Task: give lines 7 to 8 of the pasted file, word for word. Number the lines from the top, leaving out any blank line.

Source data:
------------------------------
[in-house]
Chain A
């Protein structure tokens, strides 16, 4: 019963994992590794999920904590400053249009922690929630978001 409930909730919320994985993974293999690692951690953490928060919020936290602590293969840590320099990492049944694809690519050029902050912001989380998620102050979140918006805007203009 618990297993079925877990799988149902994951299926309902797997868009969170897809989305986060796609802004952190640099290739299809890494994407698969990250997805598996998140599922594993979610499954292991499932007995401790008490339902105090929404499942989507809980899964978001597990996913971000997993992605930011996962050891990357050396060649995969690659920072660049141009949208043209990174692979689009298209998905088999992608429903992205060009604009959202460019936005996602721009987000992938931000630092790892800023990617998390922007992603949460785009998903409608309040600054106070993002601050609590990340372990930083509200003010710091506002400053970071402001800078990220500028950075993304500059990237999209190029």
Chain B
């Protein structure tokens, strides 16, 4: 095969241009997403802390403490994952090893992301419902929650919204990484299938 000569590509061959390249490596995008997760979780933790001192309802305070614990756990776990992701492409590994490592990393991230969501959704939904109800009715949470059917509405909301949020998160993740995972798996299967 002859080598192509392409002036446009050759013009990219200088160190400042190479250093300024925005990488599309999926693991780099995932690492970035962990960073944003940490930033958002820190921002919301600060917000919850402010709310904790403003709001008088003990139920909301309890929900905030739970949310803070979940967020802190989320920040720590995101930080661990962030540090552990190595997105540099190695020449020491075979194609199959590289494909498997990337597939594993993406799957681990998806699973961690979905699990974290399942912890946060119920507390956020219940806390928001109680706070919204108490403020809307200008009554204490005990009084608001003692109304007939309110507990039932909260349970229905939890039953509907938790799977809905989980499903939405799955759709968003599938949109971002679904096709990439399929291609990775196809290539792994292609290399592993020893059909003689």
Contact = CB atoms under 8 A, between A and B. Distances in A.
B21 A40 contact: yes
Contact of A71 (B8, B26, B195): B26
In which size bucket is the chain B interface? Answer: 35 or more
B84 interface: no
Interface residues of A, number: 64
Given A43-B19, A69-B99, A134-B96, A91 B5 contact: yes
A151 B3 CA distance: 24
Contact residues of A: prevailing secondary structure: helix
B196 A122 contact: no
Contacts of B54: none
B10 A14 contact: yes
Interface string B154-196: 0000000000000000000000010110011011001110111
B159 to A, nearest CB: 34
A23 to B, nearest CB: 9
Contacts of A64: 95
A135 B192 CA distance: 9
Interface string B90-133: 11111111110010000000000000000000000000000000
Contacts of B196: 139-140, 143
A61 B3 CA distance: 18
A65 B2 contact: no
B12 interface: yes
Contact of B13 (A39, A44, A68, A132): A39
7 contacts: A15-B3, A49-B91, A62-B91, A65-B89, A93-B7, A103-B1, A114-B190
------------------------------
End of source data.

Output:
B21 A40 contact: yes
Contact of A71 (B8, B26, B195): B26